Since its inception in the mid-90s, remote keyless entry systems have become increasingly popular in cars, and are currently available in dozens of different makes and models. With the spike in cybercrime that’s seen hackers broaden their tactics and targets in recent years, it was inevitable that this unnerving trend would eventually reach the automotive industry. Thefts of vehicles with remote keyless entry systems are on the rise in many Western countries like the United States, Great Britain, and Germany (just to mention a few).
A team of Chinese security researchers who called themselves the “Unicorn Team,” demonstrated how they can hack a vehicle’s keyless entry system at the Hack in the Box Security Conference in Amsterdam last month. The researchers showed how a cybercriminal can remotely open a car door from up to 1000 feet away, start the engine, and drive away, all with equipment costing about $25. The researchers achieved this through capturing a radio signal from a driver’s key fob, and broke down the step-by-step process as shown in the video below.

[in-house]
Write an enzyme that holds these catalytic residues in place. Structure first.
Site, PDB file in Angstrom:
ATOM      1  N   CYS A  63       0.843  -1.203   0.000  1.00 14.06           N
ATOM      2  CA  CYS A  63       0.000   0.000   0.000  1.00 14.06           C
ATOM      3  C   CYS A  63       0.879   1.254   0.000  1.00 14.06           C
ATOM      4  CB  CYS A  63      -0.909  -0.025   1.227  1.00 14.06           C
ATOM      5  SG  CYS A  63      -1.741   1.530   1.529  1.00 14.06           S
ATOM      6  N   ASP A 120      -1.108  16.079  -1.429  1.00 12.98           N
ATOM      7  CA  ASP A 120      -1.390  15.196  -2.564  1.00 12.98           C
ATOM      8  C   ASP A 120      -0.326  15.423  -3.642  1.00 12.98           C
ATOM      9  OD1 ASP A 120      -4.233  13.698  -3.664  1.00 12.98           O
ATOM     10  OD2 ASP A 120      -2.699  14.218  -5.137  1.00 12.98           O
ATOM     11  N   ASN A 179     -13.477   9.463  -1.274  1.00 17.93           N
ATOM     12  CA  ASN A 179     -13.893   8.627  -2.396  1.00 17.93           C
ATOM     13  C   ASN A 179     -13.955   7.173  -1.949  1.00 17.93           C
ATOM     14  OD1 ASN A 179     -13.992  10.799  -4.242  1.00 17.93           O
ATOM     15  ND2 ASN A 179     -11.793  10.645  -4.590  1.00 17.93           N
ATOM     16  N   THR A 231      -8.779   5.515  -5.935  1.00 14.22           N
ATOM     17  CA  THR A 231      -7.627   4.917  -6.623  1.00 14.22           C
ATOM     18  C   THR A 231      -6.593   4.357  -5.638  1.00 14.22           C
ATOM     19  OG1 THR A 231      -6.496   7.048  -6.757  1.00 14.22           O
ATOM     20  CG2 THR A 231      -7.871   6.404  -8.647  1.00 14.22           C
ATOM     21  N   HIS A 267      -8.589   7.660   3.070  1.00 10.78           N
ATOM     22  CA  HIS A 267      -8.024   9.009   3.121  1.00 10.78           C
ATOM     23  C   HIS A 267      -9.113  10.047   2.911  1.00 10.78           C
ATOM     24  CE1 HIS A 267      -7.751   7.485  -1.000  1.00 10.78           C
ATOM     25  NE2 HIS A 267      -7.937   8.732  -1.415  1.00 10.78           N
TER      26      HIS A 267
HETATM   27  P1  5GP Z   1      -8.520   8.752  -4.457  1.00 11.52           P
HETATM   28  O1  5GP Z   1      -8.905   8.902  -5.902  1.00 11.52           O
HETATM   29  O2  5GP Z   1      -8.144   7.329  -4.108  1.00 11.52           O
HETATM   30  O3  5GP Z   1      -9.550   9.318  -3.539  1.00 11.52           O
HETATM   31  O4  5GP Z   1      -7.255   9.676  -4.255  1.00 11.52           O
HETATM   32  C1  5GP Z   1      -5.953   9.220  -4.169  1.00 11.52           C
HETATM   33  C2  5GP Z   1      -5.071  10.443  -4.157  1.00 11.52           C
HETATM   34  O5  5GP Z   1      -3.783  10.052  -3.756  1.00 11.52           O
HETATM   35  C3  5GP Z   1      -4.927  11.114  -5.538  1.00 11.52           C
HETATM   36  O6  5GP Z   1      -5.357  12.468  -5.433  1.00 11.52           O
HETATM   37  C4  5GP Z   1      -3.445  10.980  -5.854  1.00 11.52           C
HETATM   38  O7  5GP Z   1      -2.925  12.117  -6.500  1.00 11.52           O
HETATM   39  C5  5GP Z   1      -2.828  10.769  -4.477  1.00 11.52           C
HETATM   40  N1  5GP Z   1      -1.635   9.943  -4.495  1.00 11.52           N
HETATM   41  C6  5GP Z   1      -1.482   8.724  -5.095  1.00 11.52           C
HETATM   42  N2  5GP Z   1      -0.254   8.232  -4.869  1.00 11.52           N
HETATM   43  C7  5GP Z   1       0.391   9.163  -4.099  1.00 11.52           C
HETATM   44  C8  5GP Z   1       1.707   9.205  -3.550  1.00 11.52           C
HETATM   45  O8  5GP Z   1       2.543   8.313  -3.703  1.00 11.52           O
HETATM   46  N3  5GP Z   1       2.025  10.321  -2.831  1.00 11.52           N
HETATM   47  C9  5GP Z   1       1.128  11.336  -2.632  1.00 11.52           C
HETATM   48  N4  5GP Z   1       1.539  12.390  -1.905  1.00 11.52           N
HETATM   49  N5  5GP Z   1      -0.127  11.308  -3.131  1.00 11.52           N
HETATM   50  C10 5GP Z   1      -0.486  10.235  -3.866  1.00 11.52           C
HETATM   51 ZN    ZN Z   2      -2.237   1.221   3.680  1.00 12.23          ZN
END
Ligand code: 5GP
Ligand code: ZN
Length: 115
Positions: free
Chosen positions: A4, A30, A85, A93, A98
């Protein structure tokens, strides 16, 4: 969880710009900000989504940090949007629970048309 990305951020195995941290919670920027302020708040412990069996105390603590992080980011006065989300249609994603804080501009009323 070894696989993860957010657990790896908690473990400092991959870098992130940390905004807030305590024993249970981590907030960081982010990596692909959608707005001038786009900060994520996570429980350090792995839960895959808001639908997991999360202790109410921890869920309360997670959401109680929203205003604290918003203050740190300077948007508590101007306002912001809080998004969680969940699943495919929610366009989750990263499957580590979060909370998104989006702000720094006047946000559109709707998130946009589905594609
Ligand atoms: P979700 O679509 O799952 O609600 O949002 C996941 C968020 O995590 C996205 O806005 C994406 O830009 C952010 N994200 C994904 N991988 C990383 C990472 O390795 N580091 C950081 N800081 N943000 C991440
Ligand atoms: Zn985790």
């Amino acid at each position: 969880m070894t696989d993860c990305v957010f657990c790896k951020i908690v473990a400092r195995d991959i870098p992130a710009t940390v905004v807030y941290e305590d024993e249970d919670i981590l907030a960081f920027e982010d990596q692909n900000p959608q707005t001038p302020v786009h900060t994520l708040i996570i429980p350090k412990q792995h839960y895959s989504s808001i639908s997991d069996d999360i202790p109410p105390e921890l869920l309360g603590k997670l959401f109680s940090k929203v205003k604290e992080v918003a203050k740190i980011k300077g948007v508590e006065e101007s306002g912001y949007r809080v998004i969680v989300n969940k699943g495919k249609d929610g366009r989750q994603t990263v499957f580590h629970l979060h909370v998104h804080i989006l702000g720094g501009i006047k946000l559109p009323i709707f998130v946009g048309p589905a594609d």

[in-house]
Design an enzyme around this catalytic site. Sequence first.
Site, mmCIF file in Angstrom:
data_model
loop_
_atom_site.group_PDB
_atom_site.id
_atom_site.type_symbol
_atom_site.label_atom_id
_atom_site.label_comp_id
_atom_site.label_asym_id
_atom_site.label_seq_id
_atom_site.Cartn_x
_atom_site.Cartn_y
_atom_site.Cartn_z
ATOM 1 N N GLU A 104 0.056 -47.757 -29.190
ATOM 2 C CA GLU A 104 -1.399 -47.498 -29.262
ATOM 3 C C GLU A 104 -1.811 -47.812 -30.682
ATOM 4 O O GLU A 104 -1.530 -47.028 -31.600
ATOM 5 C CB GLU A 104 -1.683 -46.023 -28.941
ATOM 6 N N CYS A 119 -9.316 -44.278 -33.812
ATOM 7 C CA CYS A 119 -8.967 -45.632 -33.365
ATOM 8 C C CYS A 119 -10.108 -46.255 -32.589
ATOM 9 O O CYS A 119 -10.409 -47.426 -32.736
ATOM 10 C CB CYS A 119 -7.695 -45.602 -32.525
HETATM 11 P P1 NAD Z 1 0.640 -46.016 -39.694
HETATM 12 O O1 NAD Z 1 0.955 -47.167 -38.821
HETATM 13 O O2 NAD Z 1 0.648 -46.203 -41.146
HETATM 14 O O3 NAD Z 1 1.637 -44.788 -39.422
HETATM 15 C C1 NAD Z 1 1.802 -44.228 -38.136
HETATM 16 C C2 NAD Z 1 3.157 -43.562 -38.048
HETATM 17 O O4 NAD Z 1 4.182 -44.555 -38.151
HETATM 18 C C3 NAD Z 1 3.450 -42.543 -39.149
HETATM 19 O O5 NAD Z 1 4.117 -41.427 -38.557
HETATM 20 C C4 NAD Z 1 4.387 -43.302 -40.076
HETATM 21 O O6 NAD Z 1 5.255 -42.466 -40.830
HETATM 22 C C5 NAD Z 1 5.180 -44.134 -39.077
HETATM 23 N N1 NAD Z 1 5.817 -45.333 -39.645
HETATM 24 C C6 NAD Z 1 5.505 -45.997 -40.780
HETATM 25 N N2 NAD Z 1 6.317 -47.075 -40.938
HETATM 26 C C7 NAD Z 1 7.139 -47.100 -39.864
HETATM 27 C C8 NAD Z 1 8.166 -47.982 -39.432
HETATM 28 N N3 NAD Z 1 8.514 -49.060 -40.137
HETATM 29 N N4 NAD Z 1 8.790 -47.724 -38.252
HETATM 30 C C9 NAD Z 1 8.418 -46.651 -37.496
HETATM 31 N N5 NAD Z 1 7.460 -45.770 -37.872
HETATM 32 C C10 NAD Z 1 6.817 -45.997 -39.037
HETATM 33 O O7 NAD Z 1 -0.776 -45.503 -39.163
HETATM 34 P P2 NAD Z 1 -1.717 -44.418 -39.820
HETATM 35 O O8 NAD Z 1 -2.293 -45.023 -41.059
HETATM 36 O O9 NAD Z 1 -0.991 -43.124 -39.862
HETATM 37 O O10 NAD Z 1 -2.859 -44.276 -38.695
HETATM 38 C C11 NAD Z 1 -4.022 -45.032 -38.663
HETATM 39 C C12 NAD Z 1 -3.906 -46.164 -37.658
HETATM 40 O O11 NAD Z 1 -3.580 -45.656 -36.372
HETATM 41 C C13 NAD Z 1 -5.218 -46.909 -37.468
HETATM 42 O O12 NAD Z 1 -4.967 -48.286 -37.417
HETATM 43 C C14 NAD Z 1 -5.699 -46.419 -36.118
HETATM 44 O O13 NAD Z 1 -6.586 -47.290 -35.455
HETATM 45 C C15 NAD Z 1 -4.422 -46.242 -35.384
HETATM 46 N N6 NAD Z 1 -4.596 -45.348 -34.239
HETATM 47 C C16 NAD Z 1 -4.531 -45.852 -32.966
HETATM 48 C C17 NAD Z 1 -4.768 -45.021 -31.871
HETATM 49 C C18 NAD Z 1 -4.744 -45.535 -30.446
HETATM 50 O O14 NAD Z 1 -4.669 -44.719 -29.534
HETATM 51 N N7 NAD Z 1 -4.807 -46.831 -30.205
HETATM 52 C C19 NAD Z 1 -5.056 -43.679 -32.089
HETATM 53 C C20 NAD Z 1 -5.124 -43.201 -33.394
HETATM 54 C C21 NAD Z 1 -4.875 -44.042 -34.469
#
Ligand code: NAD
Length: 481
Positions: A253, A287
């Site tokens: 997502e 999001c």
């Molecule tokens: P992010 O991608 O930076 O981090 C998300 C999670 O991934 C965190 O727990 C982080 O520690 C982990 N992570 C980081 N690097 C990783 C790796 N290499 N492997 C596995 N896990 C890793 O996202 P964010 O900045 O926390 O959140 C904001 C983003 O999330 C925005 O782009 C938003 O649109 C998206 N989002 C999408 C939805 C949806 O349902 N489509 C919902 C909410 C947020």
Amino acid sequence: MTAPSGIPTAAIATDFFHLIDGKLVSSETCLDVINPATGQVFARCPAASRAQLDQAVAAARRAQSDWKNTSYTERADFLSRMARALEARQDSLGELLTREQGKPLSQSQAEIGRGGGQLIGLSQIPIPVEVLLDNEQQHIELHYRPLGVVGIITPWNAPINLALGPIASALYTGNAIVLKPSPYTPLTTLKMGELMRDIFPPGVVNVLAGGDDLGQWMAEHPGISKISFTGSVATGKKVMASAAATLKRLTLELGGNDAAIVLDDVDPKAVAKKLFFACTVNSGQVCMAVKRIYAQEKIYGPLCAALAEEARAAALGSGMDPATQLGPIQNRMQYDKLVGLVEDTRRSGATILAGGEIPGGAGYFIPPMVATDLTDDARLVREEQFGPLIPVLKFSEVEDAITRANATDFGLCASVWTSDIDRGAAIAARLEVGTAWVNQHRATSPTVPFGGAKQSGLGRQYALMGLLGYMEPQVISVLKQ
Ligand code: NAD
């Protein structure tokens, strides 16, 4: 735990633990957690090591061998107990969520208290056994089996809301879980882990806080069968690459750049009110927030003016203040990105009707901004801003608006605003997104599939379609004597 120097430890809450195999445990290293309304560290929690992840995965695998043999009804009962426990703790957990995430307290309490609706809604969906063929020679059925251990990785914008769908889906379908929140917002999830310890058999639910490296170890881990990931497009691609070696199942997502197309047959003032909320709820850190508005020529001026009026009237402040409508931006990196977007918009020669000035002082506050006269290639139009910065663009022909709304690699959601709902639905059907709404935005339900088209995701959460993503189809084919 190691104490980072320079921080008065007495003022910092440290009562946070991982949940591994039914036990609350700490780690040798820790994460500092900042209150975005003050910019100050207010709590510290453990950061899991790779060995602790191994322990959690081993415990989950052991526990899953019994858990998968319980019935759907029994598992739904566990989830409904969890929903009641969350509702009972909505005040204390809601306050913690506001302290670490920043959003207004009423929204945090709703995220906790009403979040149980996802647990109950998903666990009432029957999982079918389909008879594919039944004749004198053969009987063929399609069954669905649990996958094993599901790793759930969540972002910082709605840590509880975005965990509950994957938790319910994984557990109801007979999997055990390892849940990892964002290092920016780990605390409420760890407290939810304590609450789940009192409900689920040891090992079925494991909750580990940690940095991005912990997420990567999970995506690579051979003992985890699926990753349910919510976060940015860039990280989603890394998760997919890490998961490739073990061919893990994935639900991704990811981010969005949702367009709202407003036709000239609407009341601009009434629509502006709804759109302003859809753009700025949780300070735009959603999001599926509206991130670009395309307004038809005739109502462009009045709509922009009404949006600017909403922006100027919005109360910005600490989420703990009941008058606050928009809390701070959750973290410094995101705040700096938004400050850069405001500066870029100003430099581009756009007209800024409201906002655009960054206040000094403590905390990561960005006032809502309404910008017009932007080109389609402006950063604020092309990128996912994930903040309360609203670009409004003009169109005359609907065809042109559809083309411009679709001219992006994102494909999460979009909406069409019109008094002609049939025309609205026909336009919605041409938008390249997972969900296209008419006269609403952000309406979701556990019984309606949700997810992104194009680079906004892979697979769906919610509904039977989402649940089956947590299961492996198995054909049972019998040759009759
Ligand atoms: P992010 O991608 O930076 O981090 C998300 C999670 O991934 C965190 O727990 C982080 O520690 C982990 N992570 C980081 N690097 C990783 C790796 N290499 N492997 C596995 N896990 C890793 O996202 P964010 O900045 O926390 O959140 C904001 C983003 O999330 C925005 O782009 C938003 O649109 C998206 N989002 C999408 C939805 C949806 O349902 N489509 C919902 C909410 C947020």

The video depicts a scenario where the vehicle’s owner parks outside a café, locks the car, and walks inside. One thief follows the driver inside the café, while holding a radio device that’s roughly the size of a walkie-talkie. The second accomplice remains outside, holding a similar device. The radio signal from the vehicle owner’s key fob can be remotely relayed to somebody waiting at the car (the second accomplice). Upon reception of this signal, the accomplice standing by the car has the ability to open the vehicle door, step inside the car, start the engine, and drive off.
The scenario shows how anyone holding a device transmitting the correct radio signal can open the vehicle’s trunk, doors, and start the vehicle without ever inserting a key or resort to older methods of carjacking like hotwiring. The Unicorn Team researchers did mention how this particular model won’t shut the engine off once it’s out of the key fob’s range.
During previous scenarios, the ability of hacking into keyless cars has previously been achieved at distances up to 300 feet, which still puts criminals in a vulnerable position to be compromised. The Unicorn Team said they managed to triple their range of infiltration by rebroadcasting the signal between their devices at a lower frequency, which is something that cybercriminals can just as easily achieve.
Filed Under: M2M (machine to machine)